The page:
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    Re: Questions about Celestial Navigation
    From: Peter Monta
    Date: 2018 Sep 11, 03:52 -0700
    A good set of questions.  Here's my take on them:

    1. How popular is celestial navigation?

    At a guess, there might be a few tens of thousands of maritime practitioners worldwide who occasionally take celestial sights.

    2. How trustworthy is Celestial navigation as a main type of navigating?

    Its main limitation is the availability of celestial sources (whether or not the Sun, Moon, or stars can be seen in the sky).  Poor weather could prevent any new celestial data for days at a time, forcing the navigator to rely on dead reckoning (incremental updates using measured speed and course).  If the weather is good, though, the trustworthiness of celestial data is high, since the instruments and almanacs and computation are generally reliable.  (For longitude, a trustworthy source of time is needed, such as from a quartz wristwatch.)

    Position accuracy using celestial alone is on the order of a few nautical miles (a few thousand meters), good enough for blue-water sailing but marginal for piloting and landfalls, where the navigator would switch to more accurate local landmark-based techniques.

    3. What type of technology is used in Celestial Navigation?

    Angle measuring instruments (sextants), almanacs/ephemerides (and the technology tree that produces them), computation aids (ranging from trig and log tables in book form to calculators to small computers), clocks (historically called "chronometers").

    4. What type of people are involved with Celestial Navigation?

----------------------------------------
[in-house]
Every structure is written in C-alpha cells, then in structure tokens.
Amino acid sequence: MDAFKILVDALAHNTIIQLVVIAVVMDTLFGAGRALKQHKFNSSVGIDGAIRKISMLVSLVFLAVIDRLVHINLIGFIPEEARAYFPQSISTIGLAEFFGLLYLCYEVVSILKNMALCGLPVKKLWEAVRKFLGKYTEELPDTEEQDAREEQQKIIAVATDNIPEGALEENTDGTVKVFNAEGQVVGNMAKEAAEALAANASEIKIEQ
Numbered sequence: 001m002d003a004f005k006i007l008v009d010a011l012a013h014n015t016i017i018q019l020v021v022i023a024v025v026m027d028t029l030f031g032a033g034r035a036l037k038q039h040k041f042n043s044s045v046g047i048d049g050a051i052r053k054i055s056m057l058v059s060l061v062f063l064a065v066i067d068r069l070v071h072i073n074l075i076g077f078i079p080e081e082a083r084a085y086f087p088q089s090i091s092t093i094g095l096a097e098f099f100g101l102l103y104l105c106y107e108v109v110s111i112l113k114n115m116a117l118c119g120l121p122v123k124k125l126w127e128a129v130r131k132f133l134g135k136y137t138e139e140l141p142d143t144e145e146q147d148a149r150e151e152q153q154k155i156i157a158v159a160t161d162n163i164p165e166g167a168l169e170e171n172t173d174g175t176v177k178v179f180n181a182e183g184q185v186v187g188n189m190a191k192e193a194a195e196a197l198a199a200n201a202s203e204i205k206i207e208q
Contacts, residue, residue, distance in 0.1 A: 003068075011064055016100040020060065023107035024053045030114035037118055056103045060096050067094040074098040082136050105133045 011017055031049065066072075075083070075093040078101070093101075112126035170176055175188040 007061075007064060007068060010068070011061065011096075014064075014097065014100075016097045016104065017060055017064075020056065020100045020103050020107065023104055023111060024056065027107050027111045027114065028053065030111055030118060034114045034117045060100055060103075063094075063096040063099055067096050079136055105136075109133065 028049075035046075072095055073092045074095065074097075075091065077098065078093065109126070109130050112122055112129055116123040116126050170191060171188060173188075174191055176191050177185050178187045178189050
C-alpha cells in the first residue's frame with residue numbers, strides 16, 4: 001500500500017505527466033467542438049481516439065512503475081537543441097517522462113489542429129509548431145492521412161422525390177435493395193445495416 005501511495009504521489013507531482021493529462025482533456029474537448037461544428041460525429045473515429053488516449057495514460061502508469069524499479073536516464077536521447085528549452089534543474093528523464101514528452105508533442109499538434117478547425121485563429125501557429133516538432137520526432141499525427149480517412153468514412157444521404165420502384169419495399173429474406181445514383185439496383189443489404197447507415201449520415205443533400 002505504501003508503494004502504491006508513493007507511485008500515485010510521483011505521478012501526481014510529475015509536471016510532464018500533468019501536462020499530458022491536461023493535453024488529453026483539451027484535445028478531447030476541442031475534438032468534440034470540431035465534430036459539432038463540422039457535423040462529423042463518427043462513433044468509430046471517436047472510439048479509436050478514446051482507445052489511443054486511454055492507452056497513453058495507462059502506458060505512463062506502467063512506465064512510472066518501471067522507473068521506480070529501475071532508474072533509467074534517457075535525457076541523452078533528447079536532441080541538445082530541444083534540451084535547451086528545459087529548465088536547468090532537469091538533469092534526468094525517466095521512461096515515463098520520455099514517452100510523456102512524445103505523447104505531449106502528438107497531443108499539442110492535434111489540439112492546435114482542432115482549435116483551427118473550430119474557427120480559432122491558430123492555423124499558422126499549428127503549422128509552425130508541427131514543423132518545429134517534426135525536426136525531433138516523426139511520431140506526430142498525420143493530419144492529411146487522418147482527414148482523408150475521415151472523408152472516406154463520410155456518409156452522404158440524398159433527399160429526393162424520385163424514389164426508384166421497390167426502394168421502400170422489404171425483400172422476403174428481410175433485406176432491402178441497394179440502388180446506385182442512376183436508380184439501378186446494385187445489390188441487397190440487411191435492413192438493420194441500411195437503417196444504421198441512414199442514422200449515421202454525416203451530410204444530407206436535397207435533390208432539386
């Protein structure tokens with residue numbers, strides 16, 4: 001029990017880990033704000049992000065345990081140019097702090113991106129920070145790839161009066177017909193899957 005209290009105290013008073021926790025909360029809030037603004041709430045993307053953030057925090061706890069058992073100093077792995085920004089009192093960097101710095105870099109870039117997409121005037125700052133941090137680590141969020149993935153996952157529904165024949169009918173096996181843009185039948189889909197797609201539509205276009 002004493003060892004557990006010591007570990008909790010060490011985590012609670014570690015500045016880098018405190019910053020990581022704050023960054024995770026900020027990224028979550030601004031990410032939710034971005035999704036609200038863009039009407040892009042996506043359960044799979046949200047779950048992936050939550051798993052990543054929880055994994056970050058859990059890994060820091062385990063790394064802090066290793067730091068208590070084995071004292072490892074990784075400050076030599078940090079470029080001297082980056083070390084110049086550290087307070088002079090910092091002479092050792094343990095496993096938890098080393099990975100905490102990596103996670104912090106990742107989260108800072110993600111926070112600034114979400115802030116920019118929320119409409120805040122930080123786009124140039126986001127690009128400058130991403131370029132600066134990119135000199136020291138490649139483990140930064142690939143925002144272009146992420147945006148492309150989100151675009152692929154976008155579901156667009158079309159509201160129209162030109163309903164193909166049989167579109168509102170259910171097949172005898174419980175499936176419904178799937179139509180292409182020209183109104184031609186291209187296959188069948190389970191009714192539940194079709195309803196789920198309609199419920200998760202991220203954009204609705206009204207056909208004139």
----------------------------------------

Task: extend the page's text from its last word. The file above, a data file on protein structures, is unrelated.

Sailors, astronomers, hobbyists/enthusiasts, historians.

    5. Currently, how much do we as a population know about Celestial navigation?

    I don't know, but I think that most people are familiar with the concept of "navigating by the stars", even if the details are unfamiliar.

    6. How accurate is this knowledge?

    The general concept of "navigating by the stars" is accurate, as far as it goes, in the sense that such navigation is possible.

    7. What sort of techniques are used in celestial navigation?

    Generally, angles are measured between celestial bodies and the sea horizon.  These angles, together with the time of observation from a clock and the almanac data computed in advance by astronomers, can be processed to yield location information.  With "old navigation", up until about 1870, separate techniques were used for latitude and longitude/time.  After 1870 they were combined into the more general "lines of position".

    8. Do you know of any techniques that were developed from the Polynesians?

    I don't know of any.

    9. How much to you know about Polynesian celestial navigation?

    As far as I remember from various accounts in books, they used stars for steering/azimuth references and possibly latitude (using kamal-like aids? plumb lines?) and were adept at reading the sea state (such as swells and birds).  I think they also had quipu-like maps.

    > "How has our knowledge of the Polynesian Celestial Navigation system helped to develop modern Star based navigation"

    Polynesian navigation is interesting, but I don't think there has been any connection with modern techniques.  I believe there was some contact between the main drivers of modern celestial navigation, 18th and 19th-century Europe (principally British and French), and the Polynesians.  Cook's expeditions would have been in the right time and place for example.  But my impression is that this contact engendered some admiration for the audacity of Polynesian voyaging, but no significant technology transfer.

    Cheers,
    Peter
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